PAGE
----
New Zealand has the developed world's highest rate of births outside of marriage (44%), and the third-highest teenage birth rate (after the USA and UK). Nearly a third of all children grow up in fatherless homes.
Ref: Statistics NZ, 2001
There are 20 confirmed cases of child abuse and/or neglect in New Zealand every day.
Ref: Ministry of Social Development “The 2005 Social Report”
Research in Christchurch revealed that 65% of youth offenders were not living with their father.
Ref: Kids In Trouble, NZEDF, 2000.
For youth aged 15-24 years, New Zealand has the second highest rate of suicide for males among selected OECD countries.
Ref: NIHS (National Institutes for Health and Safety)
New Zealand is conservatively spending $5.7 billion a year as a direct consequence of family breakdown, or close to 5.5 per cent of GNP ($3000+ for every taxpayer).
Ref: see J. McNeil, “The Costs of Killing the Family”, Evidence, Winter 2003, p34-40.
International Statistics on Family Breakdown
The New Zealand government does not track family structure in relation to many social outcomes.
However there is relevant data from the United Kingdom, United States, and Australia - countries which compare closely with New Zealand on social issues:
Examination of English court records between 1982 and 1988 found that children living with their mother and her cohabiting boyfriend were 33 times more likely to be abused than those living with their married, biological parents. In turn, the risk of abuse for children whose mothers were cohabiting was five-and-a-half times greater than for children with remarried parents.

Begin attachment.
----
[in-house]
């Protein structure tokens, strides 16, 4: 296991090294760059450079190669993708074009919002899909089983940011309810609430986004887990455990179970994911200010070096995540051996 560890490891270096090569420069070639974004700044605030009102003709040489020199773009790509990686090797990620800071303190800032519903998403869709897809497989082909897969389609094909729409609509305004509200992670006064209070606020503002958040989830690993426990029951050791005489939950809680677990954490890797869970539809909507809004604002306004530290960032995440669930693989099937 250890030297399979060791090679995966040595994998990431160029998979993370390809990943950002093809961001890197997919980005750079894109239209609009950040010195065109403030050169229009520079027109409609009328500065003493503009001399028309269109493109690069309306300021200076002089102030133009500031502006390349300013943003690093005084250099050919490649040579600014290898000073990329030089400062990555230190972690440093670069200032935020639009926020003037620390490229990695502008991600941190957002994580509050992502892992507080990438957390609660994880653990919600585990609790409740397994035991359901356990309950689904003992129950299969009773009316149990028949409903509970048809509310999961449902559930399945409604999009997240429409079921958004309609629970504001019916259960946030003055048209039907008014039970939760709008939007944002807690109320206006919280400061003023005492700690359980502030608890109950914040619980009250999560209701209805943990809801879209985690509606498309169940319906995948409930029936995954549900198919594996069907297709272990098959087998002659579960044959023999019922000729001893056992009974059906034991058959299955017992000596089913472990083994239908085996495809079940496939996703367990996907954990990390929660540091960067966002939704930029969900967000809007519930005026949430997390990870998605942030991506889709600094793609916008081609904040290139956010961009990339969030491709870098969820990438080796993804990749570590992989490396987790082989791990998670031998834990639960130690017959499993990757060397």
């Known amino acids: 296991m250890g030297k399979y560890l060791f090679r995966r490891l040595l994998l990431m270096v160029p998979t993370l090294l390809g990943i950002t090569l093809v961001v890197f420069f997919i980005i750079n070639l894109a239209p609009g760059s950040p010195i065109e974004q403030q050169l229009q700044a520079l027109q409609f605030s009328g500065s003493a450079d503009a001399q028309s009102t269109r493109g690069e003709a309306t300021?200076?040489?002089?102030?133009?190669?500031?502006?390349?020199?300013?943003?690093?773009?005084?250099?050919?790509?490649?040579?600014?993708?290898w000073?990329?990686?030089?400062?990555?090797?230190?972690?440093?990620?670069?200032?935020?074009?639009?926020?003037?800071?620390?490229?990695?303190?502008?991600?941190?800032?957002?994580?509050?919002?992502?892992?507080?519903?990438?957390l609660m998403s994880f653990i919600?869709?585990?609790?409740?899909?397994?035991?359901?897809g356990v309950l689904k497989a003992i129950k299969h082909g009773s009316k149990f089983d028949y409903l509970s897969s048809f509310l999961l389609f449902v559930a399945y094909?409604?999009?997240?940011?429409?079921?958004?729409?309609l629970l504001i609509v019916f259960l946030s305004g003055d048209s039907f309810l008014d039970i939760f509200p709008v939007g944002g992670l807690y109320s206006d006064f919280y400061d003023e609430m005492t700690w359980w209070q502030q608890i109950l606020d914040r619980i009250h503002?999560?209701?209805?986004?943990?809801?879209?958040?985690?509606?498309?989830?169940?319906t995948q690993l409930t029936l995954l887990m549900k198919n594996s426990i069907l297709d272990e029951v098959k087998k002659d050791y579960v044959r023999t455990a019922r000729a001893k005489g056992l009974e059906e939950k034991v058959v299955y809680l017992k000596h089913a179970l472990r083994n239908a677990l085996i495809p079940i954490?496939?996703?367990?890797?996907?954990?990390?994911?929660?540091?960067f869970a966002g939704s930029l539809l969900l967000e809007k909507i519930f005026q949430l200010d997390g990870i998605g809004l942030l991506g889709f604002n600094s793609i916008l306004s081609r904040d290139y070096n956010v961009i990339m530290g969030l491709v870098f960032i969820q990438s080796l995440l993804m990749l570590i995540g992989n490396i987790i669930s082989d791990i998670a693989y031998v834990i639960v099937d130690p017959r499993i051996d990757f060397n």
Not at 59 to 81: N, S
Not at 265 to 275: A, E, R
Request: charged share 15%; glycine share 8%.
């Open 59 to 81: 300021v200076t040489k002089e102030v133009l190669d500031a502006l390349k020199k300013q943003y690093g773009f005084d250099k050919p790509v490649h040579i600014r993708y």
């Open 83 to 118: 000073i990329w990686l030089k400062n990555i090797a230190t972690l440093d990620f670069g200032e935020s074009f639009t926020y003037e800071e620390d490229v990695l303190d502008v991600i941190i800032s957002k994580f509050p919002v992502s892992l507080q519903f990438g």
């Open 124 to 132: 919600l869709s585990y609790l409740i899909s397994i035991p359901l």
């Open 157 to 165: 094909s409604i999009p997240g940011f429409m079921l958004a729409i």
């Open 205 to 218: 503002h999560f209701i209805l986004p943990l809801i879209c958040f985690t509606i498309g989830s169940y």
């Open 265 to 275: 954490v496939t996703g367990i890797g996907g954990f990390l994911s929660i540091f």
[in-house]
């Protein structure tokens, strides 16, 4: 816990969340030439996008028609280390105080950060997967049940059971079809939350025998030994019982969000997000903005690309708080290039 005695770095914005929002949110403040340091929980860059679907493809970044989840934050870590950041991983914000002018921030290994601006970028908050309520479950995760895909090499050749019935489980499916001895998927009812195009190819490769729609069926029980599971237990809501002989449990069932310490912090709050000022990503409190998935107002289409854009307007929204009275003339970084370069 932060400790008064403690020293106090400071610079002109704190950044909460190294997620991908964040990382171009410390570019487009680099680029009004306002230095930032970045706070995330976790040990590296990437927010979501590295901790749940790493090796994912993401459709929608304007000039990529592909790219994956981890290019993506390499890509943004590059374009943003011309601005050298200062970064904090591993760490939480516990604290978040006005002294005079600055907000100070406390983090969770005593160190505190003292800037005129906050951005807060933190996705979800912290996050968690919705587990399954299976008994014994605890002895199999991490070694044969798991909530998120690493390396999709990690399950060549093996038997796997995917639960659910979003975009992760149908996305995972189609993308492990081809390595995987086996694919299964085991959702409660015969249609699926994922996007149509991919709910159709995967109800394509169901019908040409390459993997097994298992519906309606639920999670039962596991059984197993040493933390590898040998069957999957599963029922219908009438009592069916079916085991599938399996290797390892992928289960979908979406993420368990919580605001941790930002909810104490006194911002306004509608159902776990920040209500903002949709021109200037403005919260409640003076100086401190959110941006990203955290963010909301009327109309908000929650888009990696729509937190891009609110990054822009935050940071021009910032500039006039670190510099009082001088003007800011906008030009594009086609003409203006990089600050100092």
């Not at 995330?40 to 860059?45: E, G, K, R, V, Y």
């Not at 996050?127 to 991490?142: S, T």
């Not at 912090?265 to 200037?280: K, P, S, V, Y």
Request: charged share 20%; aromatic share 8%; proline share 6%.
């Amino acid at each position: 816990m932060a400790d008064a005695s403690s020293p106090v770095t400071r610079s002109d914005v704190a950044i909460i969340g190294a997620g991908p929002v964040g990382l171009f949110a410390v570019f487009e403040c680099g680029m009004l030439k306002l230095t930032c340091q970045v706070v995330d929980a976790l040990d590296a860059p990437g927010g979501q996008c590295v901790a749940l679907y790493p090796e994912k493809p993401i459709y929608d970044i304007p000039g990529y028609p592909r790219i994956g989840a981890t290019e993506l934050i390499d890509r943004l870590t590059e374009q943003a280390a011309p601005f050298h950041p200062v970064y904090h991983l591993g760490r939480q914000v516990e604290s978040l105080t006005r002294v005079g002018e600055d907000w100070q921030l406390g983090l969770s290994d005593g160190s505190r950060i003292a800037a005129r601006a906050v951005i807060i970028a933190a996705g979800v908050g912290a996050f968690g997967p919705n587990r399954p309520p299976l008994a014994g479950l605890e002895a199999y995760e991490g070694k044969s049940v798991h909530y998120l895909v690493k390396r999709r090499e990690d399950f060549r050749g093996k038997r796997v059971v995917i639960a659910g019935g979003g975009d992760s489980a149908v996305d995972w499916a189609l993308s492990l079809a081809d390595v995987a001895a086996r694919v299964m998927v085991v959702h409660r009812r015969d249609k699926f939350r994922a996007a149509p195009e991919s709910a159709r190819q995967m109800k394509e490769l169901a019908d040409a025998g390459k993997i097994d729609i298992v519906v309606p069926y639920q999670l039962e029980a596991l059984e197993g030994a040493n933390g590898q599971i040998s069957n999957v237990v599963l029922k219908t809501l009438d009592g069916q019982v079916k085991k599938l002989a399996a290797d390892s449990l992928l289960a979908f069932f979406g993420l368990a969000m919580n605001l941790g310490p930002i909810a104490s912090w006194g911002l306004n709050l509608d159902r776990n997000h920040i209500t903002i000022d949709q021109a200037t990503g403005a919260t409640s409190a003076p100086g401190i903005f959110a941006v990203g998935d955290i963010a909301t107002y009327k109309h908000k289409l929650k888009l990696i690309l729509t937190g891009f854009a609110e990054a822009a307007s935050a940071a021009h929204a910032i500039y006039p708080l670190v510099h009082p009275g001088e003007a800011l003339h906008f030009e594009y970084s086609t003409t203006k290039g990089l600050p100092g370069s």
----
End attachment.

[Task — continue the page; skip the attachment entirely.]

Ref: Robert Whelan, Broken Homes and Battered Children: A Study of the Relationship between Child Abuse and Family Type (London: Family Education Trust, 1993).
Out of 52,000 child abuse cases reviewed for the US, 72 percent involved children in a household without one or both biological parents, even though these households comprised roughly a third of all households with children.
Ref: 12. Malkin, C.M. and Lamb, M.E., Child Maltreatment: A Test of Sociobiological Theory, Vol. 25, 1994, p121-30.
Toddlers living in Canadian step-households in 1983 were about 40 times more likely to become registered victims of intermediate physical abuse than their two-genetic-parent counterparts.
Ref: Patricia Morgan, Farewell to the Family in NZ, 2003, p248
In Australia, the rate of sexual abuse of children in de facto couple families is more than three times the rate in natural or adoptive families. A high proportion of child killers are either step fathers or the mothers' boyfriends.
Ref: Buckingham, J., "Boy Troubles: Understanding Rising Suicide, Rising Crime and Educational Failure”, Sydney: Centre for Independent Studies, Policy Monograph No.46, 2000
For every dollar spent on a child brought up in a two-parent family, the government spends $10 on a child brought up in a single parent family.
Ref: To Have and to Hold. House of Representatives Standing Committee on Legal and Constitutional Affairs (Australia). June 1998
Fatherless children are worse off in terms of health, educational attainment, work ethics, income and lifetime wealth. They are more prone to crime, drug addiction, divorce, unemployment, illness, truancy, suicide, poverty and depression.
Ref: Why Marriage Matters: Twenty One Conclusions from the Social Sciences - A Report from Family Scholars (USA), 200